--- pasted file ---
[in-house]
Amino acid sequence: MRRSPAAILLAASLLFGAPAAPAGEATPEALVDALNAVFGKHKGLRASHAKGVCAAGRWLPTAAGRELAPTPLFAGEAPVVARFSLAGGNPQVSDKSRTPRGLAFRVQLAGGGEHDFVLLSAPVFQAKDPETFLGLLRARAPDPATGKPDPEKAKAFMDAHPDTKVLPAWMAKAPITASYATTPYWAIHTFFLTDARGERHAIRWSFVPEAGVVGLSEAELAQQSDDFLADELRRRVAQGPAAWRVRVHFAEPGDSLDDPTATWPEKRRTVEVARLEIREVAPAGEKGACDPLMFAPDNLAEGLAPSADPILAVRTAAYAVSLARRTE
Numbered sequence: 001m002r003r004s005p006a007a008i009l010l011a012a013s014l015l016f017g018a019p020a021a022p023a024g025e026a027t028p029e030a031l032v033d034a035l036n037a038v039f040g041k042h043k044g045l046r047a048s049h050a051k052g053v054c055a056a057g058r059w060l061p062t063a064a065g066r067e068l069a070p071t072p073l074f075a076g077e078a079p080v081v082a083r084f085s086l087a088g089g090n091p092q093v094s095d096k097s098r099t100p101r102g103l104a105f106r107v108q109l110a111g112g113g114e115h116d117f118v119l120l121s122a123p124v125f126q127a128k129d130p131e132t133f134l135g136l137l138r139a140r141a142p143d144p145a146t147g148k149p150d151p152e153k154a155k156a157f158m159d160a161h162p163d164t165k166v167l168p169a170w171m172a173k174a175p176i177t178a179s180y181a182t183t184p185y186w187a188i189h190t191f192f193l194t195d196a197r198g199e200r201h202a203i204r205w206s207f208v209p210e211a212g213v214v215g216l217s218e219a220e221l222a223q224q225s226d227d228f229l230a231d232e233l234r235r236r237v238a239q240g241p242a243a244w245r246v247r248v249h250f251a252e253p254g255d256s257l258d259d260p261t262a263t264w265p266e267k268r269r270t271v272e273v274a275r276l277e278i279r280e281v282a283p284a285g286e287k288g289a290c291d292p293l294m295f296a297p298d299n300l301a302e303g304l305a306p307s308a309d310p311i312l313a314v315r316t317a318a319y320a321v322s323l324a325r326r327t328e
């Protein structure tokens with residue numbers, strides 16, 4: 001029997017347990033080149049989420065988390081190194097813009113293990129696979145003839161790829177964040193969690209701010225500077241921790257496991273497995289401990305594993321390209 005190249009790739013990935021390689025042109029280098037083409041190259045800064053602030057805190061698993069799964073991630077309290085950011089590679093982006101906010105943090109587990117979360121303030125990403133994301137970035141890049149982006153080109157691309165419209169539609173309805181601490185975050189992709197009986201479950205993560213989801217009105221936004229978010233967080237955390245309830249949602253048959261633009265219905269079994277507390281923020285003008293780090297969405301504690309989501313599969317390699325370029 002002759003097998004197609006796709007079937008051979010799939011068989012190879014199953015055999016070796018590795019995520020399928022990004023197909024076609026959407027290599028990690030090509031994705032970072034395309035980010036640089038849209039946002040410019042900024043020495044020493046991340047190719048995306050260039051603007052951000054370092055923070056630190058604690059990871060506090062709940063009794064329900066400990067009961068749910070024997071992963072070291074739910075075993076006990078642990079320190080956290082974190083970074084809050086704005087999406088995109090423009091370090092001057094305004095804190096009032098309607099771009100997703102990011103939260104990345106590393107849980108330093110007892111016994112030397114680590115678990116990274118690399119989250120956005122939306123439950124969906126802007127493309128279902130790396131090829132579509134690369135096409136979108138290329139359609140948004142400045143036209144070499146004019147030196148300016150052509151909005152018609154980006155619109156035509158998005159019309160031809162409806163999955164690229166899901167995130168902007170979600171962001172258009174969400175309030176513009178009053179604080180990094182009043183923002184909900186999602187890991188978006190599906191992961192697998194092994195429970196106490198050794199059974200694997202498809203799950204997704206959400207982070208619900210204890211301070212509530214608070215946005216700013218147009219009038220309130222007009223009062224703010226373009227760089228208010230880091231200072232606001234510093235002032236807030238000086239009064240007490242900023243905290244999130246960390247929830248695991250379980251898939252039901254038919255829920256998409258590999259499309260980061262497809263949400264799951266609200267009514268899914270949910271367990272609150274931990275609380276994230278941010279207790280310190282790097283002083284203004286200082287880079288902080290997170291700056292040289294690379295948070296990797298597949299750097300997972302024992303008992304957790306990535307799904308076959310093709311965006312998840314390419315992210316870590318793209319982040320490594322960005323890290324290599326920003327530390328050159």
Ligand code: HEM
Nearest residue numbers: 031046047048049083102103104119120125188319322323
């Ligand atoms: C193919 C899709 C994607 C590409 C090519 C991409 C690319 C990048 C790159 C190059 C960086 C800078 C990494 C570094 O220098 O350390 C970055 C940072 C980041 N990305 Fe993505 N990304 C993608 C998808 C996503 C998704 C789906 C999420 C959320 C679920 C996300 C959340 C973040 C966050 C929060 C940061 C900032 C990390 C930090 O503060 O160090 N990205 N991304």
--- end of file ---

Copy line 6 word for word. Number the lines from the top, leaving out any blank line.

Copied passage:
Nearest residue numbers: 031046047048049083102103104119120125188319322323